Winter Frolics in Vermont
Amenity-laden resorts and New England charm lure ski and snowboard groups to the Green Mountain State
“Welcome to Vermont” reads the friendly sign. You just passed into the Green Mountain State and are driving along a two-lane road and are surrounded by snow-capped pines and outlines of wintery mountains backed by crisp blue skies. Something is different about Vermont, you notice. No flashy billboards blind you from the natural beauty and as you pass through a small town with an old-timey general store and tall church steeple at the center, you get the sense that life has slowed down and you’re far removed from your worries and work commitments. The charm of Vermont’s landscape, towns and people have pulled you in, just as the promise for great skiing and snowboarding led you there.
Steeped in ski and snowboard history, Vermont has something not all other winter destinations have: a deep sense of snowsports culture and community dating back to the early 1900s. Home to the first rope tow erected in 1934 at Gilbert’s Hill in Woodstock, the birthplace of the National Ski Patrol and the first Nordic Center started by the famous Trapp family, Vermont is a destination like no other. While the ski resorts dotting the Vermont map vary from luxurious to budget and from challenging to family-friendly, you’ll always find a smiling face and a friendly community ready to receive you.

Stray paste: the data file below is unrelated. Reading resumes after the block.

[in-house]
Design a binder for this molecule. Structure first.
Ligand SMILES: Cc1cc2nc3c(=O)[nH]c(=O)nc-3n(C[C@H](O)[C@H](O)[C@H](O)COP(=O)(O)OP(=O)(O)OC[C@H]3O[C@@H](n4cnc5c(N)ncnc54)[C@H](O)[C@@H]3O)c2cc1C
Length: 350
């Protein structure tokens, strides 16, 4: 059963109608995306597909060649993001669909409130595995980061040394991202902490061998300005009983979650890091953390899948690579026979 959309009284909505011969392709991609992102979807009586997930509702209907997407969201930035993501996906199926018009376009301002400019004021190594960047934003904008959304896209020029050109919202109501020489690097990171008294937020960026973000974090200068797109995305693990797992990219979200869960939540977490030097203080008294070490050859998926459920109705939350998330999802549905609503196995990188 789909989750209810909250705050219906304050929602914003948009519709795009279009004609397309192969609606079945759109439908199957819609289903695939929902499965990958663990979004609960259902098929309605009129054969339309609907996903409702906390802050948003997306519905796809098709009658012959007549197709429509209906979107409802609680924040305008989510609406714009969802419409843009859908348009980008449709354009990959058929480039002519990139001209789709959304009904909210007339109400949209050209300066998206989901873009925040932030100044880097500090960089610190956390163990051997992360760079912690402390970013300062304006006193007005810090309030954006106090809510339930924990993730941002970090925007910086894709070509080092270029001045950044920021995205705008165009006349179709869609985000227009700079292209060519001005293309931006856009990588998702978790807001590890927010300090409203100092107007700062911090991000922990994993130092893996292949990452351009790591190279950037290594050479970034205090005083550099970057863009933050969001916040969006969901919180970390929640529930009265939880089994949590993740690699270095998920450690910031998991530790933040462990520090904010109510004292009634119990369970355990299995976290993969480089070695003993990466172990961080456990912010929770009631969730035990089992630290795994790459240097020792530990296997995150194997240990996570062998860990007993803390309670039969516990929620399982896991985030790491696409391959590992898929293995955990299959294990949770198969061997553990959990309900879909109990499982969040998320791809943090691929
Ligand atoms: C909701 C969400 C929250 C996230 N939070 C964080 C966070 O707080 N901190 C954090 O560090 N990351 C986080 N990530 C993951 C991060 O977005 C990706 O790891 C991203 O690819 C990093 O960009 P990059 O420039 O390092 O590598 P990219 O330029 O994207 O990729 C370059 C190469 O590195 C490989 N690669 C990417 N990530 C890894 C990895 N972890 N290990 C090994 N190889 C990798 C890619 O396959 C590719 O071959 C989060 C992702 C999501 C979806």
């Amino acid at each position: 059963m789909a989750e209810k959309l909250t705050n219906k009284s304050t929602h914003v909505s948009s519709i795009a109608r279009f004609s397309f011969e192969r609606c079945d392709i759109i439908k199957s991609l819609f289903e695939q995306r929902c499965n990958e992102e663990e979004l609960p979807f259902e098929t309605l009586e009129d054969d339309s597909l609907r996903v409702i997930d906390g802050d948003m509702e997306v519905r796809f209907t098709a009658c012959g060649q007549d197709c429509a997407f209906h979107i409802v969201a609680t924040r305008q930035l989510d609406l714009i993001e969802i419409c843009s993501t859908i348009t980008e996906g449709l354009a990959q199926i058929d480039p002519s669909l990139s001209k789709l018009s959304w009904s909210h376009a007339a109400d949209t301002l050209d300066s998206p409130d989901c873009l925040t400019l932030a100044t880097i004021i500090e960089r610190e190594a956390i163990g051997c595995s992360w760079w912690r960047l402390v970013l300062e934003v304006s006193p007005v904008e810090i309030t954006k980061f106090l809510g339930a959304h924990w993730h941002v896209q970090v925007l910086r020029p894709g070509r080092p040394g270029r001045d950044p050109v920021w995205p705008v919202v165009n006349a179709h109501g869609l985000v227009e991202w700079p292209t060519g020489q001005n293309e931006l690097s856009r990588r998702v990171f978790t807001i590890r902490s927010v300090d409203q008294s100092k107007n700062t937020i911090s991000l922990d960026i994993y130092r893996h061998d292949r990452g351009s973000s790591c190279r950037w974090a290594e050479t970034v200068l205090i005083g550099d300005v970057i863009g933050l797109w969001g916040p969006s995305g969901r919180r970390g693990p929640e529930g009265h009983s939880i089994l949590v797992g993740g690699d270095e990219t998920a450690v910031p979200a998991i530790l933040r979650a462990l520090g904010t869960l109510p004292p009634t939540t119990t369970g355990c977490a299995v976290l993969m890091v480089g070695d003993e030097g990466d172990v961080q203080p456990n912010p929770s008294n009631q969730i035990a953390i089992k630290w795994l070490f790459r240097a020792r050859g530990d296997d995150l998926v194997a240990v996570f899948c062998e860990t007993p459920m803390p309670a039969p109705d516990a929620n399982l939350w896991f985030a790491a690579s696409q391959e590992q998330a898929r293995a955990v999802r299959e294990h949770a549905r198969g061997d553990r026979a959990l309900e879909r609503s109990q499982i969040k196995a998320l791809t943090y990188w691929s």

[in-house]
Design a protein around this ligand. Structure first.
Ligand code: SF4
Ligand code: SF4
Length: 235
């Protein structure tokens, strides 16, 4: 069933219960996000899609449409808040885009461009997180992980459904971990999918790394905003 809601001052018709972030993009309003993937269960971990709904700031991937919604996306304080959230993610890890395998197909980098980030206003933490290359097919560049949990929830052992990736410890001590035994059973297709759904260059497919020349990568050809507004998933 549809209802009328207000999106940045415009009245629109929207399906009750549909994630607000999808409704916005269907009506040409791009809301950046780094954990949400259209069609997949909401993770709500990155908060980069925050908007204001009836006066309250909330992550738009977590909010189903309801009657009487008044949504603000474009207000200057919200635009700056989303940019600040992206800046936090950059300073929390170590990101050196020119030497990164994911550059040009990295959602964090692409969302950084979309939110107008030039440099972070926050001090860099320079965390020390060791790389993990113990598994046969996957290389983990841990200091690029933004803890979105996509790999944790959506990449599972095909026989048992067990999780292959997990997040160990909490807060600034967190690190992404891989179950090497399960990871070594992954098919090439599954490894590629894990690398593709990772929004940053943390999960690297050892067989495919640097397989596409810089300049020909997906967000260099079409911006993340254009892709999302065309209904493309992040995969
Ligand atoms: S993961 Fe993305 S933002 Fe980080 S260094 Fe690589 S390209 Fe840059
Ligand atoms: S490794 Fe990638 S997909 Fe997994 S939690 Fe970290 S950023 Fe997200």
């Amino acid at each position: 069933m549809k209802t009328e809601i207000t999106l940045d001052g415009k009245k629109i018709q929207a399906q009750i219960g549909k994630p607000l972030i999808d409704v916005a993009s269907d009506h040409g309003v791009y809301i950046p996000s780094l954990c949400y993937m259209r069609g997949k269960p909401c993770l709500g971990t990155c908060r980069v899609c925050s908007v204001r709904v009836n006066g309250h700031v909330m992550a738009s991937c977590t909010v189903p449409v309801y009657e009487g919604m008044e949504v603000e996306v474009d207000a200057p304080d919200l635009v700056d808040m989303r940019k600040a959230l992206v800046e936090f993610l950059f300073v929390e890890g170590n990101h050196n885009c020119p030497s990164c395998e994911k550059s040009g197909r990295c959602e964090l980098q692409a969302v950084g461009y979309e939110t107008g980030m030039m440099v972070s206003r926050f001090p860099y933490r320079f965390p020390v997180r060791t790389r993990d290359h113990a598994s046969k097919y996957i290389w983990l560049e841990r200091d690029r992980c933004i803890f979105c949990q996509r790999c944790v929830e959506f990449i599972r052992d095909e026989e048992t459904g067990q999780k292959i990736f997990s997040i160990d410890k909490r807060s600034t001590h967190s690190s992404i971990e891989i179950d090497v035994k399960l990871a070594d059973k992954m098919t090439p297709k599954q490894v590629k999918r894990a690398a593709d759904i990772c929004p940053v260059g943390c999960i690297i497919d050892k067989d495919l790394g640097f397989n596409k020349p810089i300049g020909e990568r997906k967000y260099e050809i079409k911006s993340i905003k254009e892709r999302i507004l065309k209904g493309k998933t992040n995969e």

Vermont welcomes between 4 and 4.5 million skiers and riders to resorts each season, making it the No. 1 state in the East for skiing and riding and third in the country. With 20 alpine destinations and 30 cross country ski destinations, there is a lot to explore. In fact, there are over 6,000 skiable acres open for downhill skiing, and nearly 1,300 miles of Nordic track to glide upon. An average of over 200 inches of snow falls over the state of Vermont each season, but 80% of the alpine terrain is supplemented by snowmaking. There are even seven Nordic resorts that have snowmaking to ensure great cross country ski conditions as well.
With so much terrain and so many destinations, it can be hard to pick the best resort for you. Some resorts offer bountiful amenities like spas, outdoor pools and hot tubs, numerous restaurants and shops, ice rinks and kid-friendly activity zones, while others offer affordable lodging and lift tickets without all the fuss. The larger resorts with many amenities also offer a variety of other activities for the non-skier or rider, like topnotch fitness centers, snowshoe tours, snowmobiling and even zip lining. To find the right resort for you, visit skivermont.com and explore the Resort Finder. You can search resorts by activities, location and amenities, and it will hand pick the perfect destinations for your needs.